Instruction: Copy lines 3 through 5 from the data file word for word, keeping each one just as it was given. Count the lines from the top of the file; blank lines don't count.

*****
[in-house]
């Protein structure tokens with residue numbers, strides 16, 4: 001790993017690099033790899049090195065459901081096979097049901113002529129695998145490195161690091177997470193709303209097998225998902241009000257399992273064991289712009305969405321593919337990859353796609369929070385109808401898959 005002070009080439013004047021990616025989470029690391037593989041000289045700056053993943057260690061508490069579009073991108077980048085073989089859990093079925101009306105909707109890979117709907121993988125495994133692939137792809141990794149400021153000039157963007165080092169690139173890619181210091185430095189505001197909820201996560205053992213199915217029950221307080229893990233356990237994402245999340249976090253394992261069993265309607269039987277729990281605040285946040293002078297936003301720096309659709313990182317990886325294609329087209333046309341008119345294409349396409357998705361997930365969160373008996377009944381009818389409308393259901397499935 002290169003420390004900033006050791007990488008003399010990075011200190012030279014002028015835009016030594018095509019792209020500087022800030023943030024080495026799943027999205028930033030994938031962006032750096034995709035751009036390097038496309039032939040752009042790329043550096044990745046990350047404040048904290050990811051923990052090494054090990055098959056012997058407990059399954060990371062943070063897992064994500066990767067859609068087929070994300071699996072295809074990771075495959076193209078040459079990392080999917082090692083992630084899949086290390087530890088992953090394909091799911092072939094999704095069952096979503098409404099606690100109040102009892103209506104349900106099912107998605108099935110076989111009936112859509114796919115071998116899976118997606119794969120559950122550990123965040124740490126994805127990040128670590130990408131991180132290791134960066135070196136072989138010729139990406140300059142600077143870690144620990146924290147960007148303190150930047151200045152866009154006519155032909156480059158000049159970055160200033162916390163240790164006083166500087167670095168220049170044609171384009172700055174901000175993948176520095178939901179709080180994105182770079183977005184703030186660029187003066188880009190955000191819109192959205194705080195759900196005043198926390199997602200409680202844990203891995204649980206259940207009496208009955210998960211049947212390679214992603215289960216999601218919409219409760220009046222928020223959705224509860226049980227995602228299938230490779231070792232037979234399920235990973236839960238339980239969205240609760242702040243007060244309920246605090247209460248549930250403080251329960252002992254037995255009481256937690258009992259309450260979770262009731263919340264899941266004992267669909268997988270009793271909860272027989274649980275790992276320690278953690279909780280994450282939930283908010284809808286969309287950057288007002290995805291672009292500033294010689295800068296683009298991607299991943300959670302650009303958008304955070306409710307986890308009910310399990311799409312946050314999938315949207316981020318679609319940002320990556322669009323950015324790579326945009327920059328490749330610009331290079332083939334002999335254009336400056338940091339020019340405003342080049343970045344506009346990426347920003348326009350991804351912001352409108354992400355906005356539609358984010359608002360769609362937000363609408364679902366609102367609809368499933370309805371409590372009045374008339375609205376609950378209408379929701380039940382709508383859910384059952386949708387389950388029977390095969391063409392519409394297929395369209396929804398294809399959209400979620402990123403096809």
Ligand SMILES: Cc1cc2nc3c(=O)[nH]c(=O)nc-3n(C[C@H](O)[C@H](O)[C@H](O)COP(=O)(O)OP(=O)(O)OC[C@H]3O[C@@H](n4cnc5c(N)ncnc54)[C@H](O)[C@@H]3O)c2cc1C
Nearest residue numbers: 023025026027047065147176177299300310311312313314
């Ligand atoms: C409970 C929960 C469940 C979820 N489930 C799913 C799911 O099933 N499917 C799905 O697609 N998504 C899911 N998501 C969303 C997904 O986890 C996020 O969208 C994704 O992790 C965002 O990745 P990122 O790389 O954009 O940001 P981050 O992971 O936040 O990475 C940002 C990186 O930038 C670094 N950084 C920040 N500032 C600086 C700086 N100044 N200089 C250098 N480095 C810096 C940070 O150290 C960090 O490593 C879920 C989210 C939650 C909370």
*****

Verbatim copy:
Ligand SMILES: Cc1cc2nc3c(=O)[nH]c(=O)nc-3n(C[C@H](O)[C@H](O)[C@H](O)COP(=O)(O)OP(=O)(O)OC[C@H]3O[C@@H](n4cnc5c(N)ncnc54)[C@H](O)[C@@H]3O)c2cc1C
Nearest residue numbers: 023025026027047065147176177299300310311312313314
């Ligand atoms: C409970 C929960 C469940 C979820 N489930 C799913 C799911 O099933 N499917 C799905 O697609 N998504 C899911 N998501 C969303 C997904 O986890 C996020 O969208 C994704 O992790 C965002 O990745 P990122 O790389 O954009 O940001 P981050 O992971 O936040 O990475 C940002 C990186 O930038 C670094 N950084 C920040 N500032 C600086 C700086 N100044 N200089 C250098 N480095 C810096 C940070 O150290 C960090 O490593 C879920 C989210 C939650 C909370």